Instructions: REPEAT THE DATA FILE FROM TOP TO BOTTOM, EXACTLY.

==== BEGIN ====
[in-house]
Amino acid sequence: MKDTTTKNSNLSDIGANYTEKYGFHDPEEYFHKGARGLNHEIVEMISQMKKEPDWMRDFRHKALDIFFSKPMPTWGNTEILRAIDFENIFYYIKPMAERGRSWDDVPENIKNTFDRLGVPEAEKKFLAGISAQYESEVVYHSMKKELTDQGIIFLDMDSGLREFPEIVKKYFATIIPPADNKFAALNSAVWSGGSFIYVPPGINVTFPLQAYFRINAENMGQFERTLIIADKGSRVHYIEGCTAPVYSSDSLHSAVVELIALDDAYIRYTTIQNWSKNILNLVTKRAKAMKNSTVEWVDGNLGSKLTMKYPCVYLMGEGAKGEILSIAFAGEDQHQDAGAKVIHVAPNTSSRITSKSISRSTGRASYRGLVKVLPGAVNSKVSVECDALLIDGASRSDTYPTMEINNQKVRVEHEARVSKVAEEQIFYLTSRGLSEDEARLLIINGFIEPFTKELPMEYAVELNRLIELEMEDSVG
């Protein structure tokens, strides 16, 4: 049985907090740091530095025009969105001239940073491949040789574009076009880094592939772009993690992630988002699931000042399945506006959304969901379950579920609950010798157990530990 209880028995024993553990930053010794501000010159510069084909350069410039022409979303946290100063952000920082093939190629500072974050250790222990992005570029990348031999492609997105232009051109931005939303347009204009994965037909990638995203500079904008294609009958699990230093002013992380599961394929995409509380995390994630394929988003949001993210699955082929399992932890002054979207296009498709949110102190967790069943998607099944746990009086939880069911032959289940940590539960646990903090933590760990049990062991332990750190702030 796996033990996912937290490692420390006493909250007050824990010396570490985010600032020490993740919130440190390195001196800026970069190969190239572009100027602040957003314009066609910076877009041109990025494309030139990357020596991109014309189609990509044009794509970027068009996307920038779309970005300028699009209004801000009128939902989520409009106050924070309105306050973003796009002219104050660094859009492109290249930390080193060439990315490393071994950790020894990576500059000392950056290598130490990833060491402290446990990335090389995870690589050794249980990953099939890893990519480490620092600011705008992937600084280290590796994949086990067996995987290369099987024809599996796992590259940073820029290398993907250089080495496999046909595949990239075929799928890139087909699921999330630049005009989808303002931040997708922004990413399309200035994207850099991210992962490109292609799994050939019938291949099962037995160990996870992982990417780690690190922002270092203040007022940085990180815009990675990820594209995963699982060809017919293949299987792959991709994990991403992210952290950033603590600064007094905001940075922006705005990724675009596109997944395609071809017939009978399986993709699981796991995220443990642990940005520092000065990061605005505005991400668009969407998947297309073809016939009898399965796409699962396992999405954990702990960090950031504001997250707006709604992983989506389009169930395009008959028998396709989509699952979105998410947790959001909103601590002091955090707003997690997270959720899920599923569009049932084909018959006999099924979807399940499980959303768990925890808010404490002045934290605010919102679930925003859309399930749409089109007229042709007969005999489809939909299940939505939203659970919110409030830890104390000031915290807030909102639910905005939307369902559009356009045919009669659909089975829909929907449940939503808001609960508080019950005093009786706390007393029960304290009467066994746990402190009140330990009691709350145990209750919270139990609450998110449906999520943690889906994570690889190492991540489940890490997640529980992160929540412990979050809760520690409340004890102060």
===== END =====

[in-house]
Amino acid sequence: MKDTTTKNSNLSDIGANYTEKYGFHDPEEYFHKGARGLNHEIVEMISQMKKEPDWMRDFRHKALDIFFSKPMPTWGNTEILRAIDFENIFYYIKPMAERGRSWDDVPENIKNTFDRLGVPEAEKKFLAGISAQYESEVVYHSMKKELTDQGIIFLDMDSGLREFPEIVKKYFATIIPPADNKFAALNSAVWSGGSFIYVPPGINVTFPLQAYFRINAENMGQFERTLIIADKGSRVHYIEGCTAPVYSSDSLHSAVVELIALDDAYIRYTTIQNWSKNILNLVTKRAKAMKNSTVEWVDGNLGSKLTMKYPCVYLMGEGAKGEILSIAFAGEDQHQDAGAKVIHVAPNTSSRITSKSISRSTGRASYRGLVKVLPGAVNSKVSVECDALLIDGASRSDTYPTMEINNQKVRVEHEARVSKVAEEQIFYLTSRGLSEDEARLLIINGFIEPFTKELPMEYAVELNRLIELEMEDSVG
């Protein structure tokens, strides 16, 4: 049985907090740091530095025009969105001239940073491949040789574009076009880094592939772009993690992630988002699931000042399945506006959304969901379950579920609950010798157990530990 209880028995024993553990930053010794501000010159510069084909350069410039022409979303946290100063952000920082093939190629500072974050250790222990992005570029990348031999492609997105232009051109931005939303347009204009994965037909990638995203500079904008294609009958699990230093002013992380599961394929995409509380995390994630394929988003949001993210699955082929399992932890002054979207296009498709949110102190967790069943998607099944746990009086939880069911032959289940940590539960646990903090933590760990049990062991332990750190702030 796996033990996912937290490692420390006493909250007050824990010396570490985010600032020490993740919130440190390195001196800026970069190969190239572009100027602040957003314009066609910076877009041109990025494309030139990357020596991109014309189609990509044009794509970027068009996307920038779309970005300028699009209004801000009128939902989520409009106050924070309105306050973003796009002219104050660094859009492109290249930390080193060439990315490393071994950790020894990576500059000392950056290598130490990833060491402290446990990335090389995870690589050794249980990953099939890893990519480490620092600011705008992937600084280290590796994949086990067996995987290369099987024809599996796992590259940073820029290398993907250089080495496999046909595949990239075929799928890139087909699921999330630049005009989808303002931040997708922004990413399309200035994207850099991210992962490109292609799994050939019938291949099962037995160990996870992982990417780690690190922002270092203040007022940085990180815009990675990820594209995963699982060809017919293949299987792959991709994990991403992210952290950033603590600064007094905001940075922006705005990724675009596109997944395609071809017939009978399986993709699981796991995220443990642990940005520092000065990061605005505005991400668009969407998947297309073809016939009898399965796409699962396992999405954990702990960090950031504001997250707006709604992983989506389009169930395009008959028998396709989509699952979105998410947790959001909103601590002091955090707003997690997270959720899920599923569009049932084909018959006999099924979807399940499980959303768990925890808010404490002045934290605010919102679930925003859309399930749409089109007229042709007969005999489809939909299940939505939203659970919110409030830890104390000031915290807030909102639910905005939307369902559009356009045919009669659909089975829909929907449940939503808001609960508080019950005093009786706390007393029960304290009467066994746990402190009140330990009691709350145990209750919270139990609450998110449906999520943690889906994570690889190492991540489940890490997640529980992160929540412990979050809760520690409340004890102060």